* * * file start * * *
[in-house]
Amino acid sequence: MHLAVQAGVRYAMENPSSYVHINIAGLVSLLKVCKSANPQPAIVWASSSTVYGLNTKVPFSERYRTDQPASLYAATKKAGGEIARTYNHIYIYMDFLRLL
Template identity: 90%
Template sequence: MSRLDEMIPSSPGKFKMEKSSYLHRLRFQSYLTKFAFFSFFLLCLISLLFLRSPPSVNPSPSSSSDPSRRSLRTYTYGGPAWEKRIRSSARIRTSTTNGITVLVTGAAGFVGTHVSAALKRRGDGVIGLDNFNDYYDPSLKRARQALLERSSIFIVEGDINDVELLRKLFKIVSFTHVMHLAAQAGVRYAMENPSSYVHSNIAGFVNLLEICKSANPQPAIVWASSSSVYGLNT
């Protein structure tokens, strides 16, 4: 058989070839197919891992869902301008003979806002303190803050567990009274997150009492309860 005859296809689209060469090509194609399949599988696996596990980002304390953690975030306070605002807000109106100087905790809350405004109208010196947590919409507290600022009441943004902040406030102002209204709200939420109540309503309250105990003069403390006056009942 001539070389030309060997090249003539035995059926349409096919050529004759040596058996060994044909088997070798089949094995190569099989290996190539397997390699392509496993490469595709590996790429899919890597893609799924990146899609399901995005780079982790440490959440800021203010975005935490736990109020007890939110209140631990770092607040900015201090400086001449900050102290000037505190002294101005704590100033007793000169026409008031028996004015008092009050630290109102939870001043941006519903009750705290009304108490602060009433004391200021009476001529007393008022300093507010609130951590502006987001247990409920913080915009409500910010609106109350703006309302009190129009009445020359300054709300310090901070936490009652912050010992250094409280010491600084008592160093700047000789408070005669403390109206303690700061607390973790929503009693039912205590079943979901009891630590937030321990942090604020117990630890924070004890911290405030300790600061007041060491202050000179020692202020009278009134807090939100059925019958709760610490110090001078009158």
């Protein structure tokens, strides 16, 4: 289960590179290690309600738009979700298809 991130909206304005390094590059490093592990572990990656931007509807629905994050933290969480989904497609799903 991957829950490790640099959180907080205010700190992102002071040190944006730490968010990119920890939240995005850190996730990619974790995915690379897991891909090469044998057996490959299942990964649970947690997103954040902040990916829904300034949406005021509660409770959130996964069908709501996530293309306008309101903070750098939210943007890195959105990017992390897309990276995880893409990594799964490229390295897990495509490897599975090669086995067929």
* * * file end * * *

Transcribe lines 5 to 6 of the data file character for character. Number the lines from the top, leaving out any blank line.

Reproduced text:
């Protein structure tokens, strides 16, 4: 058989070839197919891992869902301008003979806002303190803050567990009274997150009492309860 005859296809689209060469090509194609399949599988696996596990980002304390953690975030306070605002807000109106100087905790809350405004109208010196947590919409507290600022009441943004902040406030102002209204709200939420109540309503309250105990003069403390006056009942 001539070389030309060997090249003539035995059926349409096919050529004759040596058996060994044909088997070798089949094995190569099989290996190539397997390699392509496993490469595709590996790429899919890597893609799924990146899609399901995005780079982790440490959440800021203010975005935490736990109020007890939110209140631990770092607040900015201090400086001449900050102290000037505190002294101005704590100033007793000169026409008031028996004015008092009050630290109102939870001043941006519903009750705290009304108490602060009433004391200021009476001529007393008022300093507010609130951590502006987001247990409920913080915009409500910010609106109350703006309302009190129009009445020359300054709300310090901070936490009652912050010992250094409280010491600084008592160093700047000789408070005669403390109206303690700061607390973790929503009693039912205590079943979901009891630590937030321990942090604020117990630890924070004890911290405030300790600061007041060491202050000179020692202020009278009134807090939100059925019958709760610490110090001078009158």
């Protein structure tokens, strides 16, 4: 289960590179290690309600738009979700298809 991130909206304005390094590059490093592990572990990656931007509807629905994050933290969480989904497609799903 991957829950490790640099959180907080205010700190992102002071040190944006730490968010990119920890939240995005850190996730990619974790995915690379897991891909090469044998057996490959299942990964649970947690997103954040902040990916829904300034949406005021509660409770959130996964069908709501996530293309306008309101903070750098939210943007890195959105990017992390897309990276995880893409990594799964490229390295897990495509490897599975090669086995067929």